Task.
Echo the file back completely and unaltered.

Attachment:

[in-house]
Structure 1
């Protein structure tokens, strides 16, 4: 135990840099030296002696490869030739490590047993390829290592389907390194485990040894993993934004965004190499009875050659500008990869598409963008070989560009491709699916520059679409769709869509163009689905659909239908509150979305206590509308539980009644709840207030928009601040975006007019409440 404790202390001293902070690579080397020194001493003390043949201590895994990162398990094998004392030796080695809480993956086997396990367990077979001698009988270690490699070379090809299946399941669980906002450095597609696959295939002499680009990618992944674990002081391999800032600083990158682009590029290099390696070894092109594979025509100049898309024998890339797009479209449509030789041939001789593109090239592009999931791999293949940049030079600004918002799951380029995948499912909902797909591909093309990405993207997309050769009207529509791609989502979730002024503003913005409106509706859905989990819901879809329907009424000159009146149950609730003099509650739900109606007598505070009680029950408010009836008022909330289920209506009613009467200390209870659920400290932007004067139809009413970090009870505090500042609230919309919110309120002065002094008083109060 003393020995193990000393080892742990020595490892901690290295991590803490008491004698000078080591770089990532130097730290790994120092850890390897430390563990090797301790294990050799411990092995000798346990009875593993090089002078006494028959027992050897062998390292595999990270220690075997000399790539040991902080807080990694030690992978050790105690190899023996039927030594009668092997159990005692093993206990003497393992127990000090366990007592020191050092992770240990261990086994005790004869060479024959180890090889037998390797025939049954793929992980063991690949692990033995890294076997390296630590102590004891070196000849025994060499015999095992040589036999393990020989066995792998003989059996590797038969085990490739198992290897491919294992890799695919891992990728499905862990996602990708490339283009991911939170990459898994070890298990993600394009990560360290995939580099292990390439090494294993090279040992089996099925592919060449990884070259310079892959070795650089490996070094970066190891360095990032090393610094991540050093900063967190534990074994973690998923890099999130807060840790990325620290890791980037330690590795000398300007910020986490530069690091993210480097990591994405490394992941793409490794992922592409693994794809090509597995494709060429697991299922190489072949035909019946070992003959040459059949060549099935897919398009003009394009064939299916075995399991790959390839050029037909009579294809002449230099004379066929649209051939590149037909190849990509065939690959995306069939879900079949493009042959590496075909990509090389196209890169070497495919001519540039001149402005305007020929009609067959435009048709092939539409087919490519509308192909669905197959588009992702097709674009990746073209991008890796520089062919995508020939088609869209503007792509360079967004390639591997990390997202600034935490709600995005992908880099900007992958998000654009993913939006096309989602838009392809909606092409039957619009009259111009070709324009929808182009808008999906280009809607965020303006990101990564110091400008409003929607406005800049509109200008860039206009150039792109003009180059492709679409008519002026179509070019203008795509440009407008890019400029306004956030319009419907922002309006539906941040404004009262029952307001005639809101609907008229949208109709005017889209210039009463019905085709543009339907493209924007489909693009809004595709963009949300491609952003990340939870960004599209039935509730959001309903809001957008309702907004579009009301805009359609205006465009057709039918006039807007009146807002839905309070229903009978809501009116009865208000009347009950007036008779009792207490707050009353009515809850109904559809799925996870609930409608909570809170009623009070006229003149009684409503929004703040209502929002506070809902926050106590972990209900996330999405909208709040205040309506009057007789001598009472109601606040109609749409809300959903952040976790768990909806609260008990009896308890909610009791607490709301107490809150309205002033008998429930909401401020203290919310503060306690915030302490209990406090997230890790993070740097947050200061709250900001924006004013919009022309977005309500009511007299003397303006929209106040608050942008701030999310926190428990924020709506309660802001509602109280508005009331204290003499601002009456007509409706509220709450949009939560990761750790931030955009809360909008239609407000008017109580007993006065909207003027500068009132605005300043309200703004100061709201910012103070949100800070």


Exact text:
[in-house]
Structure 1
């Protein structure tokens, strides 16, 4: 135990840099030296002696490869030739490590047993390829290592389907390194485990040894993993934004965004190499009875050659500008990869598409963008070989560009491709699916520059679409769709869509163009689905659909239908509150979305206590509308539980009644709840207030928009601040975006007019409440 404790202390001293902070690579080397020194001493003390043949201590895994990162398990094998004392030796080695809480993956086997396990367990077979001698009988270690490699070379090809299946399941669980906002450095597609696959295939002499680009990618992944674990002081391999800032600083990158682009590029290099390696070894092109594979025509100049898309024998890339797009479209449509030789041939001789593109090239592009999931791999293949940049030079600004918002799951380029995948499912909902797909591909093309990405993207997309050769009207529509791609989502979730002024503003913005409106509706859905989990819901879809329907009424000159009146149950609730003099509650739900109606007598505070009680029950408010009836008022909330289920209506009613009467200390209870659920400290932007004067139809009413970090009870505090500042609230919309919110309120002065002094008083109060 003393020995193990000393080892742990020595490892901690290295991590803490008491004698000078080591770089990532130097730290790994120092850890390897430390563990090797301790294990050799411990092995000798346990009875593993090089002078006494028959027992050897062998390292595999990270220690075997000399790539040991902080807080990694030690992978050790105690190899023996039927030594009668092997159990005692093993206990003497393992127990000090366990007592020191050092992770240990261990086994005790004869060479024959180890090889037998390797025939049954793929992980063991690949692990033995890294076997390296630590102590004891070196000849025994060499015999095992040589036999393990020989066995792998003989059996590797038969085990490739198992290897491919294992890799695919891992990728499905862990996602990708490339283009991911939170990459898994070890298990993600394009990560360290995939580099292990390439090494294993090279040992089996099925592919060449990884070259310079892959070795650089490996070094970066190891360095990032090393610094991540050093900063967190534990074994973690998923890099999130807060840790990325620290890791980037330690590795000398300007910020986490530069690091993210480097990591994405490394992941793409490794992922592409693994794809090509597995494709060429697991299922190489072949035909019946070992003959040459059949060549099935897919398009003009394009064939299916075995399991790959390839050029037909009579294809002449230099004379066929649209051939590149037909190849990509065939690959995306069939879900079949493009042959590496075909990509090389196209890169070497495919001519540039001149402005305007020929009609067959435009048709092939539409087919490519509308192909669905197959588009992702097709674009990746073209991008890796520089062919995508020939088609869209503007792509360079967004390639591997990390997202600034935490709600995005992908880099900007992958998000654009993913939006096309989602838009392809909606092409039957619009009259111009070709324009929808182009808008999906280009809607965020303006990101990564110091400008409003929607406005800049509109200008860039206009150039792109003009180059492709679409008519002026179509070019203008795509440009407008890019400029306004956030319009419907922002309006539906941040404004009262029952307001005639809101609907008229949208109709005017889209210039009463019905085709543009339907493209924007489909693009809004595709963009949300491609952003990340939870960004599209039935509730959001309903809001957008309702907004579009009301805009359609205006465009057709039918006039807007009146807002839905309070229903009978809501009116009865208000009347009950007036008779009792207490707050009353009515809850109904559809799925996870609930409608909570809170009623009070006229003149009684409503929004703040209502929002506070809902926050106590972990209900996330999405909208709040205040309506009057007789001598009472109601606040109609749409809300959903952040976790768990909806609260008990009896308890909610009791607490709301107490809150309205002033008998429930909401401020203290919310503060306690915030302490209990406090997230890790993070740097947050200061709250900001924006004013919009022309977005309500009511007299003397303006929209106040608050942008701030999310926190428990924020709506309660802001509602109280508005009331204290003499601002009456007509409706509220709450949009939560990761750790931030955009809360909008239609407000008017109580007993006065909207003027500068009132605005300043309200703004100061709201910012103070949100800070």